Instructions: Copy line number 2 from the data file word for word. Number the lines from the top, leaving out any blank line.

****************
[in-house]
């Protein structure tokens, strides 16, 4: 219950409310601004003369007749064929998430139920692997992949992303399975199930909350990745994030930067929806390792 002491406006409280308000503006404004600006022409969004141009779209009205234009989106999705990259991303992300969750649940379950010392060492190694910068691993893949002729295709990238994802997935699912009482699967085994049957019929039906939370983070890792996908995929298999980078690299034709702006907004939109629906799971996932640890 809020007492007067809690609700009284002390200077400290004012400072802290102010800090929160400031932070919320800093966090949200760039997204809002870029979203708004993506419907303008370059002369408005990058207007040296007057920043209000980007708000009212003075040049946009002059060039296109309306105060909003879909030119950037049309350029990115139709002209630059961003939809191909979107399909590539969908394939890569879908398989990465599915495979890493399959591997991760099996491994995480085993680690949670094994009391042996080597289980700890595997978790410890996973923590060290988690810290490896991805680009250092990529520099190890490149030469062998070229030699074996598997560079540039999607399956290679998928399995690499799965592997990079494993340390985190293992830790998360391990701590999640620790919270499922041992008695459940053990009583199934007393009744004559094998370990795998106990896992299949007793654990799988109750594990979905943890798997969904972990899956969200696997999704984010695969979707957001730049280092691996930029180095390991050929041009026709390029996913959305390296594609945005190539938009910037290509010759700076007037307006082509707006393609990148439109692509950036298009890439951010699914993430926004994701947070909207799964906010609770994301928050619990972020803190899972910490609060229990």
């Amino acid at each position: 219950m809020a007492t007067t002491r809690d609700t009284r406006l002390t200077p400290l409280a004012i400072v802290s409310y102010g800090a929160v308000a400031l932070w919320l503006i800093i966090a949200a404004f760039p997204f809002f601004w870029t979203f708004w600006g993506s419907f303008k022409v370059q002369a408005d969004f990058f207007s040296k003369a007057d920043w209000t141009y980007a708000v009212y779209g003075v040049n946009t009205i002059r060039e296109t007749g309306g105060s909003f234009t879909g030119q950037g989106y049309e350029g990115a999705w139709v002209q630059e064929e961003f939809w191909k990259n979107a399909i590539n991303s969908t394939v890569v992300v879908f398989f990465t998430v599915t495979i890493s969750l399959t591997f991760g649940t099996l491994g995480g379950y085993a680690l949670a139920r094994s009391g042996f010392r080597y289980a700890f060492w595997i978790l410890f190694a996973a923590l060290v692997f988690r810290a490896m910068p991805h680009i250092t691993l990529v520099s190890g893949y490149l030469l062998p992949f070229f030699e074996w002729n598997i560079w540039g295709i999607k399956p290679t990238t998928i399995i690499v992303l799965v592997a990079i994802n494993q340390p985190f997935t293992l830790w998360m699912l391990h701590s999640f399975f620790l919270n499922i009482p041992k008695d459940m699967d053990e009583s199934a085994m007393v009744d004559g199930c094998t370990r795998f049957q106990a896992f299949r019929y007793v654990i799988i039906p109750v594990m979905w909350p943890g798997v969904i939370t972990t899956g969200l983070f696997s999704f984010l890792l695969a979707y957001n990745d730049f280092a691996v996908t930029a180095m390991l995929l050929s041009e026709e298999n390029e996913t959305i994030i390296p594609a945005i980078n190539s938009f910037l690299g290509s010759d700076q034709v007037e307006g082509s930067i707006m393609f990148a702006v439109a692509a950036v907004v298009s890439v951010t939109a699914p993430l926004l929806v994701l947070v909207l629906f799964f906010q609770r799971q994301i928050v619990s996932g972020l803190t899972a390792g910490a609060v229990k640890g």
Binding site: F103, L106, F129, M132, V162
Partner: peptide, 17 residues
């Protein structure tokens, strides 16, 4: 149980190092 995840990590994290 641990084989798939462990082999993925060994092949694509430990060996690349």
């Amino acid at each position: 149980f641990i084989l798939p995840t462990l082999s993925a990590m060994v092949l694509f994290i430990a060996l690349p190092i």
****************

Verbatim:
């Protein structure tokens, strides 16, 4: 219950409310601004003369007749064929998430139920692997992949992303399975199930909350990745994030930067929806390792 002491406006409280308000503006404004600006022409969004141009779209009205234009989106999705990259991303992300969750649940379950010392060492190694910068691993893949002729295709990238994802997935699912009482699967085994049957019929039906939370983070890792996908995929298999980078690299034709702006907004939109629906799971996932640890 809020007492007067809690609700009284002390200077400290004012400072802290102010800090929160400031932070919320800093966090949200760039997204809002870029979203708004993506419907303008370059002369408005990058207007040296007057920043209000980007708000009212003075040049946009002059060039296109309306105060909003879909030119950037049309350029990115139709002209630059961003939809191909979107399909590539969908394939890569879908398989990465599915495979890493399959591997991760099996491994995480085993680690949670094994009391042996080597289980700890595997978790410890996973923590060290988690810290490896991805680009250092990529520099190890490149030469062998070229030699074996598997560079540039999607399956290679998928399995690499799965592997990079494993340390985190293992830790998360391990701590999640620790919270499922041992008695459940053990009583199934007393009744004559094998370990795998106990896992299949007793654990799988109750594990979905943890798997969904972990899956969200696997999704984010695969979707957001730049280092691996930029180095390991050929041009026709390029996913959305390296594609945005190539938009910037290509010759700076007037307006082509707006393609990148439109692509950036298009890439951010699914993430926004994701947070909207799964906010609770994301928050619990972020803190899972910490609060229990």